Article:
NEW PORT RICHEY — Barbecue dinners were served under sprawling red-and-white tents. Honorary captains were recognized. Politicians spoke. Official parties and bonfires were even staged the night before.
The two-day event known as the Gulf High Alumni Invasion, capped by a rare Saturday game against rival Hudson, was as close to a Super Bowl setting as a mid-sized public school could be expected to muster.
And like many Super Bowls, the game itself was an anticlimactic rout.
Exploiting its glaring speed advantage with a succession of big plays, the Bucs (7-0, 3-0) overwhelmed the Cobras (2-5, 1-2) 59-22 to move one step closer to the program's second playoff berth and antagonize their Class 3A, District 8 rival in the process.
North Suncoast rushing leader Adrian "Bubba" Golden led Gulf's 474-yard effort, running for 250 and four touchdowns. He capped his last one, a 19-yarder with 40.9 seconds to play, by doing a back flip in the end zone, drawing a penalty flag and the ire of Hudson coach Mark Nash.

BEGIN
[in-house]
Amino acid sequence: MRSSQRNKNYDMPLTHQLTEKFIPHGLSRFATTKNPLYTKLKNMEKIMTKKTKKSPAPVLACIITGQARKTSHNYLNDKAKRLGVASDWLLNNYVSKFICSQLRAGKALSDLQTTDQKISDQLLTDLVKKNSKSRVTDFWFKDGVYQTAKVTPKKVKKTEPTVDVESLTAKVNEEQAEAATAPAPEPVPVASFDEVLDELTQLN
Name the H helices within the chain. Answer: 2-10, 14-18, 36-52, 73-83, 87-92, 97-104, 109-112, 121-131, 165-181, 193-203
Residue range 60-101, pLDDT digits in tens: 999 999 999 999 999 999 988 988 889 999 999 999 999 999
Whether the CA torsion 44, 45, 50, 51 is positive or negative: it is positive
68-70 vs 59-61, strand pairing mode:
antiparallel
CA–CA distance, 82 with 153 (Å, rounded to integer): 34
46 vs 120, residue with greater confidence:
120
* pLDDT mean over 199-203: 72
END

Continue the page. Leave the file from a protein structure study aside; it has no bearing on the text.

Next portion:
"It's classless," Nash said of Gulf's late TD, "but what can you expect from a team like Gulf?"
"All he needs to do is take a look at our bench and see that we have 26 players and every kid played," Bucs coach Jay Fulmer responded. "Every running back we've got (played), and we've got nowhere else to turn."
The outcome essentially was determined by three scoring plays covering 50 or more yards before halftime. Quarterback Madison Burr scored on his team's third play from scrimmage, darting right after being flushed out of the pocket on third-and-9 and racing 93 yards for a TD.
Burr finished with 223 total yards, running for 106 and three TDs. Golden added first-half runs of 74 and 50 yards, the latter giving Gulf a 28-6 lead with 45 seconds to play in the first half. He had another 74-yard first-half score nullified by a penalty.
Junior Zack Wynn finished 20-for-35 for 207 yards and three TDs — each to a different receiver -- for the Cobras, who are all but mathematically eliminated from playoff contention.
Times correspondent Andy Villamarzo contributed to this report.